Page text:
How to Make Great Friends

Why is making friends so hard sometimes? I went through a season of my life where I felt like I had no friends. I had great relationships growing up, in college, and even in my post-college single days. However, after I transitioned to a stay-at-home mom and moved to the suburbs, I looked around and realized I didn’t know anyone.

I eventually met other moms with whom I could chat on the playground or other settings, but it was always small talk, and I longed for deeper connections. I looked around at other groups of women talking and laughing together and assumed they must all be best friends. Surely, they were getting together without me. I thought, “Doesn’t anybody want to hang out with me?”

I know my kids feel this same way too sometimes.

After reading a few good books and listening to several podcasts on the topic, I learned a few things about friendship. It was time not only to get busy making new friends but also to be intentional about growing the relationships I had. I was eager to  teach my kids what I discovered, too, because relationships get harder as they get older and there are a few things they need to know.

In the process, I learned to:

  • Take ownership of my relationships.

    I used to think that friendships should form organically and would grow if they were meant to. While a handful of relationships do form naturally, longevity and depth are marked by intention.

  • Stop looking for just anybody to like me.

    Friendship cannot be merely about itself; it must be about something else. When I look back over the most rewarding friendships of my life, I recognize that at their core was a common goal, mission, or passion.

  • Don’t assume people should want to be my BFF.

    Just because we’ve met a few times and our kids go to the same school doesn’t mean that they are a good fit for friendship. I became interested in people, asked them questions about themselves, and kept my ears open for something we had in common.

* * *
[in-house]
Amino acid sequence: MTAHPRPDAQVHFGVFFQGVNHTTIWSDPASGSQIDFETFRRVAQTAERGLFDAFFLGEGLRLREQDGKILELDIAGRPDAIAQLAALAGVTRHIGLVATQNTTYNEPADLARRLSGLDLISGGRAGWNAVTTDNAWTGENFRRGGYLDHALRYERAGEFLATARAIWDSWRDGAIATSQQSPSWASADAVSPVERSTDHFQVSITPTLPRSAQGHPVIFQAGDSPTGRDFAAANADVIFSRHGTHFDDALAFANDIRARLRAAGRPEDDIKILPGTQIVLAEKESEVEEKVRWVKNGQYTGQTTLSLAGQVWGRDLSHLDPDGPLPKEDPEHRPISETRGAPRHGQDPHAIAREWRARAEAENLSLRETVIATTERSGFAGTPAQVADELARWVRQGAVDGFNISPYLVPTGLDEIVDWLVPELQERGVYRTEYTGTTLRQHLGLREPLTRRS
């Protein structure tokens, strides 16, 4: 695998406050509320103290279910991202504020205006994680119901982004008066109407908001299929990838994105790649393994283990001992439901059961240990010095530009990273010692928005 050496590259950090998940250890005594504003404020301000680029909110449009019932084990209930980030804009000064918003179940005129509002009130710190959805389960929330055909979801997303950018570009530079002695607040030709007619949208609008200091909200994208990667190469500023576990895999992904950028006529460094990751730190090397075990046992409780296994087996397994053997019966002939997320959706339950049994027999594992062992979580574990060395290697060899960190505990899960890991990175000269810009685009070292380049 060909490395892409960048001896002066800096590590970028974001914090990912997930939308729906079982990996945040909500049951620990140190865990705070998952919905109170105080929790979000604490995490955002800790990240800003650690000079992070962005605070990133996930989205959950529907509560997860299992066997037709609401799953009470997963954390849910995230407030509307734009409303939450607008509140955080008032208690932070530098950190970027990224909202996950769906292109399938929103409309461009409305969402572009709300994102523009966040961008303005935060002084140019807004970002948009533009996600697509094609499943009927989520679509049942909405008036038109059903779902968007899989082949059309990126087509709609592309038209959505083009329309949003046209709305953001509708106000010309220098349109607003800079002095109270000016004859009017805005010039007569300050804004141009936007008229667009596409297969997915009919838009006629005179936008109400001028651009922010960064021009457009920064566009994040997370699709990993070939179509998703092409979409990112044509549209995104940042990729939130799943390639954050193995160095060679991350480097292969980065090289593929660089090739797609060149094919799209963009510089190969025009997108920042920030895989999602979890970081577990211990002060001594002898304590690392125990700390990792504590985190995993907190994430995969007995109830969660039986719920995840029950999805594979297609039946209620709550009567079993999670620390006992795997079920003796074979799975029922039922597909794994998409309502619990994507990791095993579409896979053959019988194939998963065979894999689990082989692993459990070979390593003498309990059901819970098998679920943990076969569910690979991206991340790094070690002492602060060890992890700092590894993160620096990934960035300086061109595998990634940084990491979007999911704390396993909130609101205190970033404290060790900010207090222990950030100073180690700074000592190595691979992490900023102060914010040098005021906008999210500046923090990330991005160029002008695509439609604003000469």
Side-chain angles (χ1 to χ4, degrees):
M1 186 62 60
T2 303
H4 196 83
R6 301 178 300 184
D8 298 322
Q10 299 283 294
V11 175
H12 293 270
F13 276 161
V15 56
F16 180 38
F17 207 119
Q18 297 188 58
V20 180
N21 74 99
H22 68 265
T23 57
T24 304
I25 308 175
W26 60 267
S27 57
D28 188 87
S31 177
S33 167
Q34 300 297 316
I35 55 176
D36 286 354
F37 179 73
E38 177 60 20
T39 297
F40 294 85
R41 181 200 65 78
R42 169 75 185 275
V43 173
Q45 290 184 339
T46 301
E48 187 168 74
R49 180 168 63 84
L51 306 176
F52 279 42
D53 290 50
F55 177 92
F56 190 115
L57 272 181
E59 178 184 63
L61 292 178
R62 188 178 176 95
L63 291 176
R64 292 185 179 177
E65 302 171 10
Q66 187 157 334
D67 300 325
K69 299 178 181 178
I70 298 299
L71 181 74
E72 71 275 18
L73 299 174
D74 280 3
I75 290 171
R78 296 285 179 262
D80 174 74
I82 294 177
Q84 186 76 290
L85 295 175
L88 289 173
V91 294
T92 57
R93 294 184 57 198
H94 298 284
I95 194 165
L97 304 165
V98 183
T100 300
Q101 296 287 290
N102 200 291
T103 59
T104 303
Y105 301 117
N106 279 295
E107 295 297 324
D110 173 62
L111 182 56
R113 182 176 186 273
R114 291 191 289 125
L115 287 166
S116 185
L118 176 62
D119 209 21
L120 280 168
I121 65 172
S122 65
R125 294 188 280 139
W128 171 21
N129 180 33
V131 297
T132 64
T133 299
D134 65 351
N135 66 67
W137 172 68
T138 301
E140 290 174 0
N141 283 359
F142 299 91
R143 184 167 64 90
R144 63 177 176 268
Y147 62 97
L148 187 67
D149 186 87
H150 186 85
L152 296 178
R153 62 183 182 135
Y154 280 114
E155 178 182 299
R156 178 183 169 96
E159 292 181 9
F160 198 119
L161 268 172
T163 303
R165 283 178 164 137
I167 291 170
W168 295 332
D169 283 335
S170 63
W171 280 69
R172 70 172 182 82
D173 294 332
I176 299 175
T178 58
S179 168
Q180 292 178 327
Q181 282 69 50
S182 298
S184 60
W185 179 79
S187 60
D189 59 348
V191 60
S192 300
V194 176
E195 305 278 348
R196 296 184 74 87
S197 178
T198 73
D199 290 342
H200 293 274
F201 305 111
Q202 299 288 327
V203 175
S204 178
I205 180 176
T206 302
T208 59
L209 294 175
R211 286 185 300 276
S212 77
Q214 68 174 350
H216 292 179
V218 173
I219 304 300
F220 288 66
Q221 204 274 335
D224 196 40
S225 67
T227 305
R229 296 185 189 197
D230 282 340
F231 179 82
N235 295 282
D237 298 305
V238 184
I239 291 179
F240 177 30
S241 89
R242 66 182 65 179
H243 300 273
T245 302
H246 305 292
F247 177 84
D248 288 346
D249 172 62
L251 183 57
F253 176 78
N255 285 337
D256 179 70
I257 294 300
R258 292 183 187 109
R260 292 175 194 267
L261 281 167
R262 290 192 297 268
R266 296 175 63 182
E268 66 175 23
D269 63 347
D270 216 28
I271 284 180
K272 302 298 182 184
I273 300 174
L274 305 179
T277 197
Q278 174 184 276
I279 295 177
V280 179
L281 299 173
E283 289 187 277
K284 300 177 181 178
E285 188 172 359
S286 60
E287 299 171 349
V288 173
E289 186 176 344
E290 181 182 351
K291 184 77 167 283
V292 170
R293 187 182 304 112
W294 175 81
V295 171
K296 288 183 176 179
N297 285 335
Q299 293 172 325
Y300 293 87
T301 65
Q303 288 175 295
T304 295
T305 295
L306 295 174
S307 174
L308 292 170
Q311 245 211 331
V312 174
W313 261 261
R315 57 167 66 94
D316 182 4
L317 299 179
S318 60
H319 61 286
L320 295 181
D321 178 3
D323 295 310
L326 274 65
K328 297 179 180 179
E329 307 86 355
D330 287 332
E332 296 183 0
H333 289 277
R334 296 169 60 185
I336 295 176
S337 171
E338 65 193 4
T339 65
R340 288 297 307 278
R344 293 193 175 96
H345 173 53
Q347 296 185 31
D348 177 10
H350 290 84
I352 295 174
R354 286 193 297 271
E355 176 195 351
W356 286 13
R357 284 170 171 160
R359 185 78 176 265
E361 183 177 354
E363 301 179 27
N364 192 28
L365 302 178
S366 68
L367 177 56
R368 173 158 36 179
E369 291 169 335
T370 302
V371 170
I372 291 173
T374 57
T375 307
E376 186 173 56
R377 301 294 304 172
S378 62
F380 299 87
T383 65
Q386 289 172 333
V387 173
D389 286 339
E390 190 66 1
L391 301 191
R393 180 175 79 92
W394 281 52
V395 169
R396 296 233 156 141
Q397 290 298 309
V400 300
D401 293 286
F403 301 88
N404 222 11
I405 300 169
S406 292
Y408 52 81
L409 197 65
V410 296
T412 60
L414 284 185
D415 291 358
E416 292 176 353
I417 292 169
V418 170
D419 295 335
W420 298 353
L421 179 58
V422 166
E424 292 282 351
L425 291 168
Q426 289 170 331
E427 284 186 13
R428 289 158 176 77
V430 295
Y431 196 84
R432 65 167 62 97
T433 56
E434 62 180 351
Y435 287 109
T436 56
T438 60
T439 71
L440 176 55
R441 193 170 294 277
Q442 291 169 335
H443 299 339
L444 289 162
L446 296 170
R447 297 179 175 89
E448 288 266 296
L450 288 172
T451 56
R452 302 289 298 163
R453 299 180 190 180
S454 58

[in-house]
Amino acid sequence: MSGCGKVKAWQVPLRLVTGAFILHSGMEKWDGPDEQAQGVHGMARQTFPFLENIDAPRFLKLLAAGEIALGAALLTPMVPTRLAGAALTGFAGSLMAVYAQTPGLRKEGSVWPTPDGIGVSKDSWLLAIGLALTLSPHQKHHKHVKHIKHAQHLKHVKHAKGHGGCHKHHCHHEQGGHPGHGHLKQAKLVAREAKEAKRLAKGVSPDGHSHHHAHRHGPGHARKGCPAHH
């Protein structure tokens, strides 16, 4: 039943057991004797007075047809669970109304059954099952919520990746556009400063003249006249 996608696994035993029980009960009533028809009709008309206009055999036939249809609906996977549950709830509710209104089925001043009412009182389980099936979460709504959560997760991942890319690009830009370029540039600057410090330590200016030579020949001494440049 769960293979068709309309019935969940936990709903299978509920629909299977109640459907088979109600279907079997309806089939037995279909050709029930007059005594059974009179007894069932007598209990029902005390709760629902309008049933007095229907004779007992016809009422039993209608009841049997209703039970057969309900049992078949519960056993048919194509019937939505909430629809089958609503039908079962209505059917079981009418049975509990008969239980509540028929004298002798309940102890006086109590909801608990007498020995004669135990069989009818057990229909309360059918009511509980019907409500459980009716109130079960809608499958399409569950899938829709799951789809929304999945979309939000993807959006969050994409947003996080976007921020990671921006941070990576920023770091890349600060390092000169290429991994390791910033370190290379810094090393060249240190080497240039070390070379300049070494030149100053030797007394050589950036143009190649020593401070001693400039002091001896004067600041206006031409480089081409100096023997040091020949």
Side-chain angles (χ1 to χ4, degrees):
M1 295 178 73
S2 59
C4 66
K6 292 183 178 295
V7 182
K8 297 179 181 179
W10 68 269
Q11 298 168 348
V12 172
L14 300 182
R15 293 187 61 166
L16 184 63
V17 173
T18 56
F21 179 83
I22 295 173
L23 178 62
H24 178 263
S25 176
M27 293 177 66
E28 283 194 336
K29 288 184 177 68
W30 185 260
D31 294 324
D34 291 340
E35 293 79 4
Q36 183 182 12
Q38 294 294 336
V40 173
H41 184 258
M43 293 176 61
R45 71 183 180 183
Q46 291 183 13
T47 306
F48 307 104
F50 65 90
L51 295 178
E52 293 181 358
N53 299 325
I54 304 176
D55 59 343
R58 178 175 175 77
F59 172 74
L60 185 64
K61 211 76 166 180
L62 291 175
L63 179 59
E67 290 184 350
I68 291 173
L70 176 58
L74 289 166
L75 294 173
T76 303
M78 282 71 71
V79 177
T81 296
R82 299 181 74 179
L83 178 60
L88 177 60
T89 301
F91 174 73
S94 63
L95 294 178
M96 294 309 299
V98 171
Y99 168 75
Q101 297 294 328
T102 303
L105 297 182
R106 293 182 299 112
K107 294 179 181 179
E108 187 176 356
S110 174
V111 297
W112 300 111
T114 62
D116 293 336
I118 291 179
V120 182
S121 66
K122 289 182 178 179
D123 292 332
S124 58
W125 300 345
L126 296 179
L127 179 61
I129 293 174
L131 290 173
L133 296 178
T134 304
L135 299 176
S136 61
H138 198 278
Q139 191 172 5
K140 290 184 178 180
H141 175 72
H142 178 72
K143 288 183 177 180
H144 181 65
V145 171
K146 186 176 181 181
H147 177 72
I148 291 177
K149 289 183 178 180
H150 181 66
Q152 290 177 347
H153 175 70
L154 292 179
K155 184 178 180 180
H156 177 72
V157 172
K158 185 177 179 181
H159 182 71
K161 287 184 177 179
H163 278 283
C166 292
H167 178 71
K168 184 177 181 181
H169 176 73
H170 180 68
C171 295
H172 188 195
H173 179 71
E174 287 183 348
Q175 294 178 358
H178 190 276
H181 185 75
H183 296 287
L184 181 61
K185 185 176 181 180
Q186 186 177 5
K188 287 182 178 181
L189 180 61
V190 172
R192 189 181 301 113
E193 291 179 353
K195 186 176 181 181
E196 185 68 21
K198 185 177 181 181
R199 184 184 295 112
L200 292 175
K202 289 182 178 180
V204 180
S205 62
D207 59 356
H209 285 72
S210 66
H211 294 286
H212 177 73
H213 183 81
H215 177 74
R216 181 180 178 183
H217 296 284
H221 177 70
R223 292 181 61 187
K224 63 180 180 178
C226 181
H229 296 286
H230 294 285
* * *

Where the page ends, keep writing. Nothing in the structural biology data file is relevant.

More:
• Resist the urge to chase after the people with whom I thought I should be friends.

    Instead, I opened myself up to others little by little as they did to me, and now I’m happy to call those people friends. It was a simple shift in focus, but my life is the better for it.

There are so many great books about friendships to share with your children! Many books provide the perfect opportunity to discuss life lessons with your little ones and illustrate God’s Will for us to do life together in community!

My current favorite children’s picture book is  Two by Two, about two mischievous monkeys who didn’t need any help becoming fast friends. God may have put them together when they entered Noah’s Ark, but they did their fair share of growing their relationship by having fun together. In this delightful board book, written by Lisa Lowe Stauffer and illustrated by Angelika Scudamore, the animals on the ark have quite an adventure when they are suddenly let loose.

I eventually established new friendships and quickly learned that one friend does not fit all. I still don’t have a “go-to” squad as I’d hoped, but instead I have circles of friends that are made up of amazing people. I have my soccer mom friends, my game night couples crew, my weekend people, my book club, and my anytime-you-want to-grab-a-coffee-after drop off friends. These relationships are well worth the effort I put into establish and maintain them.

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Your Turn

How about you? Are you working on building friendships? We’d love to hear from you in the comments!

 

 

Kimberly Amici

Kimberly is known for her creativity, strong faith, and commitment to living life with purpose and passion. She is an entrepreneur, designer, and podcast producer. Together with her husband she founded The Family Culture Project which helps others live a life of purpose with the ones they love and become the family they were meant to be through podcasts, courses, and personal coaching. Kimberly blogs at www.kimberlyamici.com and is a contributing writer at More to Be, and the Friending podcast. She lives with her husband Carl and their three children in the NYC suburbs.

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